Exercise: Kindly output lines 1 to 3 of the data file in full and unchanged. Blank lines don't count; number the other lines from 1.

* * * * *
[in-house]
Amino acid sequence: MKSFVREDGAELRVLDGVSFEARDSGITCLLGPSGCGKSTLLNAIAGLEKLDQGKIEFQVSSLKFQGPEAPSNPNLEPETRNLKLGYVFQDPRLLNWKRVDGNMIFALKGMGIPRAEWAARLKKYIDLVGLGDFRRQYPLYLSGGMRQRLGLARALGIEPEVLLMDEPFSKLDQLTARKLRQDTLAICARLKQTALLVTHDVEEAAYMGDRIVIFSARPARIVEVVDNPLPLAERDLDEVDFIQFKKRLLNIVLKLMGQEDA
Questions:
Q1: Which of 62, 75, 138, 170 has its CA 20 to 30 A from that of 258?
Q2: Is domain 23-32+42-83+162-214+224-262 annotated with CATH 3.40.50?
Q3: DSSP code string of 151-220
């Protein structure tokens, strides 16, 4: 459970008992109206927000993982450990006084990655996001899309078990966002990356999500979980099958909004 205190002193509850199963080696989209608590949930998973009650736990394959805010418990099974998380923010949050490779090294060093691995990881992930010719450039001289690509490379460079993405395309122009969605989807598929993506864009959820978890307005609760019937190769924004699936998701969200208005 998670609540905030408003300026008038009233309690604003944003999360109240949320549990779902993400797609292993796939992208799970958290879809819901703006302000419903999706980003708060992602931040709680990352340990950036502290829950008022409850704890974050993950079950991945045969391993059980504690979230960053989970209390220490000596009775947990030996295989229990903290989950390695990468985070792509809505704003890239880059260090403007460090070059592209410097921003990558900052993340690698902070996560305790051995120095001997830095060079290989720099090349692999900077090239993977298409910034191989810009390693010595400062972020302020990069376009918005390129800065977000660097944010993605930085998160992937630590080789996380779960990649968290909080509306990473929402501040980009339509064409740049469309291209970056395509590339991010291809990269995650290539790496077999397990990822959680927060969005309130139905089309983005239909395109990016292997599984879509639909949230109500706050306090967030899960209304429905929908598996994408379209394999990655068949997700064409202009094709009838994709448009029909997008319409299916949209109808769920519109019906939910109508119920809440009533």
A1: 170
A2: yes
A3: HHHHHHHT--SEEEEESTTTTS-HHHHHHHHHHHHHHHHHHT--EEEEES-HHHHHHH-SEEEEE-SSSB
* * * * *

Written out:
[in-house]
Amino acid sequence: MKSFVREDGAELRVLDGVSFEARDSGITCLLGPSGCGKSTLLNAIAGLEKLDQGKIEFQVSSLKFQGPEAPSNPNLEPETRNLKLGYVFQDPRLLNWKRVDGNMIFALKGMGIPRAEWAARLKKYIDLVGLGDFRRQYPLYLSGGMRQRLGLARALGIEPEVLLMDEPFSKLDQLTARKLRQDTLAICARLKQTALLVTHDVEEAAYMGDRIVIFSARPARIVEVVDNPLPLAERDLDEVDFIQFKKRLLNIVLKLMGQEDA
Questions: